Just a quickie from another perpective... I want to sell my property. It has gone down in value, so until the market levels out somewhat, I am not going anywhere, however, the other houses I am interested in are not going down in value. You just have to keep looking :)

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  3. Take the question mark away Sarah; repossessions can be a very good source. I've known a number of people who have struck gold using that option.

    Also don't confuse 'asking price' with 'value'.

    When the market is as it is the former will likely be a fair bit higher than the latter.

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  4. As a seller, or not, we are fairly desperate to sell, but we can't go much below a certain price or we'd be screwed.
    So we're not selling any more. We can't. No one wants to pay that price for this property just now.

    I have noticed that asking prices* have gone up again and more properties are coming on the market just recently. It's picking up. Joy. For a few months there, I could have afforded a house if only we'd shifted this one, no can do any more.

    * here the asking price is an offers over price, ie the minimum, so is a better indicator of actual value/price wanted. Nightmare for buyers though as you don't know what the seller is really looking for if you want to buy something.

    Experience of buying and selling in England though, the asking price is set pretty close to what you want, the asking price will be less if the seller will accept less. A couple of k less is about as low as I'd go, the rule of thumb I used was if you want it, really want it, offer the asking price.

    A new rule I've imposed on myself for future: never buy anything you don't want to hang onto for a good while.

    Would you like to invest in a spectacular 2 bed property in Kirkcaldy? The sellers are lovely and willing to sell for less than the o/o price.

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  5. Also, repossessions are usually silly cheap and as a result they get snapped up. And by those who have better bargaining power. We've expressed an interest in a few, had to withdraw because we hadn't sold, they went quickly... and appeared for rent immediately.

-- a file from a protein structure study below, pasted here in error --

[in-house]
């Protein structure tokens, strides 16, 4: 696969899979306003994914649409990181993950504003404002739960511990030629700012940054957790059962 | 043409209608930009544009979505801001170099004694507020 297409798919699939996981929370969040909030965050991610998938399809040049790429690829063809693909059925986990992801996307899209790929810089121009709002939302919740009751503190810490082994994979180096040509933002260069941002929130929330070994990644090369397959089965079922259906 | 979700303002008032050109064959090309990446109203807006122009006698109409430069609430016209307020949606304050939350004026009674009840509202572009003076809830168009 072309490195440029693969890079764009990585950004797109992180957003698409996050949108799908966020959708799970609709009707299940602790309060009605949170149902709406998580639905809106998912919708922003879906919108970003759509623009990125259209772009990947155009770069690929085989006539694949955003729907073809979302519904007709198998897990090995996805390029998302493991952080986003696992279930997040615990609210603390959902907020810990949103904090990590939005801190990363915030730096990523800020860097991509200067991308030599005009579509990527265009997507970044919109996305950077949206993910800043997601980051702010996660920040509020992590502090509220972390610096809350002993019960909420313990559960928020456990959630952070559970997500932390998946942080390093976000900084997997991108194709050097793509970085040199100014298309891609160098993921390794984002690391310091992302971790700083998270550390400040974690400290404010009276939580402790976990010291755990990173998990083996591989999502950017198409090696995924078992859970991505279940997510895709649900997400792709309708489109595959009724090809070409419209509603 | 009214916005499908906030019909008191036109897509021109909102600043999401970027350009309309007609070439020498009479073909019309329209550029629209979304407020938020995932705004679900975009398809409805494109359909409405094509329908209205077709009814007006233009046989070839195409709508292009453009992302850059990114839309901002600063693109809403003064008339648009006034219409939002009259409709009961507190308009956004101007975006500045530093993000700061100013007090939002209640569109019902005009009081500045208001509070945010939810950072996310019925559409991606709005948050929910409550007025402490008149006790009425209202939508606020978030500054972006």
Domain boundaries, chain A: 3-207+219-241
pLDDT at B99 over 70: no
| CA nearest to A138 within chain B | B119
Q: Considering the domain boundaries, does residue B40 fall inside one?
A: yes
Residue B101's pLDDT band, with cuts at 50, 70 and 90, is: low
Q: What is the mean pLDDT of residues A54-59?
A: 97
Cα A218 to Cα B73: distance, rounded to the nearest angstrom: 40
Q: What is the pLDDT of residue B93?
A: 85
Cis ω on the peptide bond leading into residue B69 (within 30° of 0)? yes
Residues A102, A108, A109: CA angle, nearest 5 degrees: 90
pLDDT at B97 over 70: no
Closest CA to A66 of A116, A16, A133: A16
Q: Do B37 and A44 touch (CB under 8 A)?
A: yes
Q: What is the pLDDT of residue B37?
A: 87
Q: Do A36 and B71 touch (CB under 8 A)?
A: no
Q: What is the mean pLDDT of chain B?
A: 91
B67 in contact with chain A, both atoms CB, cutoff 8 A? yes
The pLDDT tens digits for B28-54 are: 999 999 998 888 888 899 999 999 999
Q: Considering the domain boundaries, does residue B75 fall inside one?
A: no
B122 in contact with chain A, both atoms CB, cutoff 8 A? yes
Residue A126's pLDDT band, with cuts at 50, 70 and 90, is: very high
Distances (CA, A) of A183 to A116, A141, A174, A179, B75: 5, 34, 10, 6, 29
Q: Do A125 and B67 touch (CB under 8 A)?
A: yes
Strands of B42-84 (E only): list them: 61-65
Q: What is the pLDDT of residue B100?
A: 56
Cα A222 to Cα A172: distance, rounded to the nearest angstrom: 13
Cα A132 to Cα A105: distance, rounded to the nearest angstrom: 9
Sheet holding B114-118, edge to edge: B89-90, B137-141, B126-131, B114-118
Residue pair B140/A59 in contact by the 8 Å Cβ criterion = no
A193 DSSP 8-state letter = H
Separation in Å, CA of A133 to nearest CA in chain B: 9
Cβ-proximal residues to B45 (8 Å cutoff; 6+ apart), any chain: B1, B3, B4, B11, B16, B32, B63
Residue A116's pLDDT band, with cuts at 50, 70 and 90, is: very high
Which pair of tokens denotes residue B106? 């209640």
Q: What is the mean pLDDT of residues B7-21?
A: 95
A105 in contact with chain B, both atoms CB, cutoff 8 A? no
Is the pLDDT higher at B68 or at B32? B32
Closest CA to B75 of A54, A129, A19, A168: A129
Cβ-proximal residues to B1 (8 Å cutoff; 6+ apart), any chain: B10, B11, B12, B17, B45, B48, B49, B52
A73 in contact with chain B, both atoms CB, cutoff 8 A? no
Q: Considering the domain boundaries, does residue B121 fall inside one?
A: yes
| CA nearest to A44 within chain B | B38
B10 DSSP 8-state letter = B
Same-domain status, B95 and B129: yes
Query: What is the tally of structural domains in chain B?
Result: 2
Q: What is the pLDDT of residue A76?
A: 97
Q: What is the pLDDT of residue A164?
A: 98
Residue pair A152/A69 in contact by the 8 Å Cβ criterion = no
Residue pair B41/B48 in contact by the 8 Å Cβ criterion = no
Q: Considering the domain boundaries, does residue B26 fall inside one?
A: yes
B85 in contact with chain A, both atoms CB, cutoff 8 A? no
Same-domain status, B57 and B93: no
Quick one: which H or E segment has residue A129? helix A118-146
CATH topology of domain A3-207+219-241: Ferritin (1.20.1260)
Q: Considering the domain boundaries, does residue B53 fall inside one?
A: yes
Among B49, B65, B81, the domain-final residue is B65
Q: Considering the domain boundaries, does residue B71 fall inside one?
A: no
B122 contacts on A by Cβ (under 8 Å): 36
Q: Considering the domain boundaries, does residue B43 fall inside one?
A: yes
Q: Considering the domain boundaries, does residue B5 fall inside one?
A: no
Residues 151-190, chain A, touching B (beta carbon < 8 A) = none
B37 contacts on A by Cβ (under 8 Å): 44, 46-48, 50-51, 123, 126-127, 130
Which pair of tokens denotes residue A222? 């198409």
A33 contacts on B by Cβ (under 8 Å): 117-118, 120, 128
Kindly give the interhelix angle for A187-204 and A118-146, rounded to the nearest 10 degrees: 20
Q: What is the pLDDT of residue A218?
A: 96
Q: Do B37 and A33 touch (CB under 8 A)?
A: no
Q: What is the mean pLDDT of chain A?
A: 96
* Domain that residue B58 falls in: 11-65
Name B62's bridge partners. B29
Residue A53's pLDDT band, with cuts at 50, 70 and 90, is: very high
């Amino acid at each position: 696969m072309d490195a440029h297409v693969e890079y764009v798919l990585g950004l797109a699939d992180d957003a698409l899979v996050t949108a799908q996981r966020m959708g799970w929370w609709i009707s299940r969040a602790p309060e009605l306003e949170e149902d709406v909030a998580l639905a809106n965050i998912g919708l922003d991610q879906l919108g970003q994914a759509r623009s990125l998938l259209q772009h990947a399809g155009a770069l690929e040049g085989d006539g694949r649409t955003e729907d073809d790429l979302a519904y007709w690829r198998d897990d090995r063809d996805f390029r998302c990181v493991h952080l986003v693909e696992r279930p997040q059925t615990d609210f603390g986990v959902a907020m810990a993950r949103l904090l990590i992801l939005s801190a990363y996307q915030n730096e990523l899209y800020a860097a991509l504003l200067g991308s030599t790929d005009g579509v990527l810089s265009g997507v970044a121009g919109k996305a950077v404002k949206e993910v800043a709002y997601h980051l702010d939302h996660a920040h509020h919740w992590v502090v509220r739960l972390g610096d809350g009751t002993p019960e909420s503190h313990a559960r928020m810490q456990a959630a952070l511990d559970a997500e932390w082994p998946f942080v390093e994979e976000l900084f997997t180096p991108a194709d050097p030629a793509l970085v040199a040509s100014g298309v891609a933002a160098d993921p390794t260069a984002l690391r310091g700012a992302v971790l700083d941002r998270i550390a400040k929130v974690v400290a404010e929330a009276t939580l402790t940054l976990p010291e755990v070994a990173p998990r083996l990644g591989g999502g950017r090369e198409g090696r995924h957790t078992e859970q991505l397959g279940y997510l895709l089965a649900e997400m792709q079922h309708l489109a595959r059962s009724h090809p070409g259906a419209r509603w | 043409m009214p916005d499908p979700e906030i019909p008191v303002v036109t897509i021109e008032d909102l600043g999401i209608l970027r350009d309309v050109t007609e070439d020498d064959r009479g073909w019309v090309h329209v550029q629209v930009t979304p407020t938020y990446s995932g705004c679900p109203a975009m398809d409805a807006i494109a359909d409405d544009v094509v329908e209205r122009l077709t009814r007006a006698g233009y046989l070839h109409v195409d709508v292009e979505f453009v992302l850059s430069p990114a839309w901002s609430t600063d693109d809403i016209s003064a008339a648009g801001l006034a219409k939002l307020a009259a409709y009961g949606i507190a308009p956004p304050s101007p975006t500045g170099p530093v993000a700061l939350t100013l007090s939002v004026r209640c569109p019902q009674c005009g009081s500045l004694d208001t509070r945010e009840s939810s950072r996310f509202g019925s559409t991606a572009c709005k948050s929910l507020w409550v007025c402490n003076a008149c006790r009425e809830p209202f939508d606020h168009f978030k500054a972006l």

First time buyers and people looking to move up are scuppered because the bargain hunters with a bit more cash always get there first. Offer for something that isn't a bargain and - not overpriced, just not a bargain - you'll get it.

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  6. Wow. That's plentiful words of wisdom there.

    Write Blog: the photos idea is a good one but there's also a website: www.mouseprice.com - which tells you how long a property has been for sale for - and gives you the discounted properties in the area - if there are any. that's quite fun... though not too useful so far.

    As for the decorating - that's exactly what I want! somewhere that puts people off but could be restored/improved. We're still looking but it's looking like I will have to put my stuff in storage and move elsewhere in the meantime. Can't be rushed.

    I love the idea of property auctions but it seems risky as you have to pay 10% of the price on the day and if anything goes wrong with the house or the mortgage you can lose that. So that's too risky for my blood.

    MD is right with: "A new rule I've imposed on myself for future: never buy anything you don't want to hang onto for a good while." I guess I'm too simplistic and want to jump in. luckily my co-buyer is much more sensible. Sometimes. And at other times, I am. Although we might end up never agreeing.... Sigh sigh sigh. Oh well, worse things happen at sea, as my mum used to say...

    But no, MD, sadly the Kirkcaldy residence is too far away for me to commute. Tis an awful pity.